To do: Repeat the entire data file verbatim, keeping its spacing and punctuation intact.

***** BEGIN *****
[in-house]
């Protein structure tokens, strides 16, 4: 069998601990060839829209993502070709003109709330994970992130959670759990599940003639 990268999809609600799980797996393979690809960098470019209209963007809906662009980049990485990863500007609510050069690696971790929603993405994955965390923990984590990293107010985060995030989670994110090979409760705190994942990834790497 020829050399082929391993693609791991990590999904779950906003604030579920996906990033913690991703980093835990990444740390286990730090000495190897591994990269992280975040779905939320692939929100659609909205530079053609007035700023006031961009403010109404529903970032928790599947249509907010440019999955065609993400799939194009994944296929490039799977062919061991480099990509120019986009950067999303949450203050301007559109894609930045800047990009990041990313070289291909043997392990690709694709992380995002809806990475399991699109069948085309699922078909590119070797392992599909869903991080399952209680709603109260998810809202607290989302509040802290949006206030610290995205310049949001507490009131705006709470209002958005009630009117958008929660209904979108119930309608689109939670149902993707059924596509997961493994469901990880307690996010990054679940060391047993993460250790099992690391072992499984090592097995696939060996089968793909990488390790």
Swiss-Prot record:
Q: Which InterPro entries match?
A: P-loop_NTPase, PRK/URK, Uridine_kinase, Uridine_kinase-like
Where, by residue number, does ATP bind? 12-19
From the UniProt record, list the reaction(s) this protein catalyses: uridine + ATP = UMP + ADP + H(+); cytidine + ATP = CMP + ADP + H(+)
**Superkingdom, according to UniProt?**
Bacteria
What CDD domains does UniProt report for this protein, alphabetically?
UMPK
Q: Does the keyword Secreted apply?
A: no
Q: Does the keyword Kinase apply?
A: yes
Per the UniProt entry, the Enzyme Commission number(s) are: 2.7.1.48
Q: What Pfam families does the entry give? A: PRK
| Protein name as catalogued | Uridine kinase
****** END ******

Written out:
[in-house]
């Protein structure tokens, strides 16, 4: 069998601990060839829209993502070709003109709330994970992130959670759990599940003639 990268999809609600799980797996393979690809960098470019209209963007809906662009980049990485990863500007609510050069690696971790929603993405994955965390923990984590990293107010985060995030989670994110090979409760705190994942990834790497 020829050399082929391993693609791991990590999904779950906003604030579920996906990033913690991703980093835990990444740390286990730090000495190897591994990269992280975040779905939320692939929100659609909205530079053609007035700023006031961009403010109404529903970032928790599947249509907010440019999955065609993400799939194009994944296929490039799977062919061991480099990509120019986009950067999303949450203050301007559109894609930045800047990009990041990313070289291909043997392990690709694709992380995002809806990475399991699109069948085309699922078909590119070797392992599909869903991080399952209680709603109260998810809202607290989302509040802290949006206030610290995205310049949001507490009131705006709470209002958005009630009117958008929660209904979108119930309608689109939670149902993707059924596509997961493994469901990880307690996010990054679940060391047993993460250790099992690391072992499984090592097995696939060996089968793909990488390790």
Swiss-Prot record:
Q: Which InterPro entries match?
A: P-loop_NTPase, PRK/URK, Uridine_kinase, Uridine_kinase-like
Where, by residue number, does ATP bind? 12-19
From the UniProt record, list the reaction(s) this protein catalyses: uridine + ATP = UMP + ADP + H(+); cytidine + ATP = CMP + ADP + H(+)
**Superkingdom, according to UniProt?**
Bacteria
What CDD domains does UniProt report for this protein, alphabetically?
UMPK
Q: Does the keyword Secreted apply?
A: no
Q: Does the keyword Kinase apply?
A: yes
Per the UniProt entry, the Enzyme Commission number(s) are: 2.7.1.48
Q: What Pfam families does the entry give? A: PRK
| Protein name as catalogued | Uridine kinase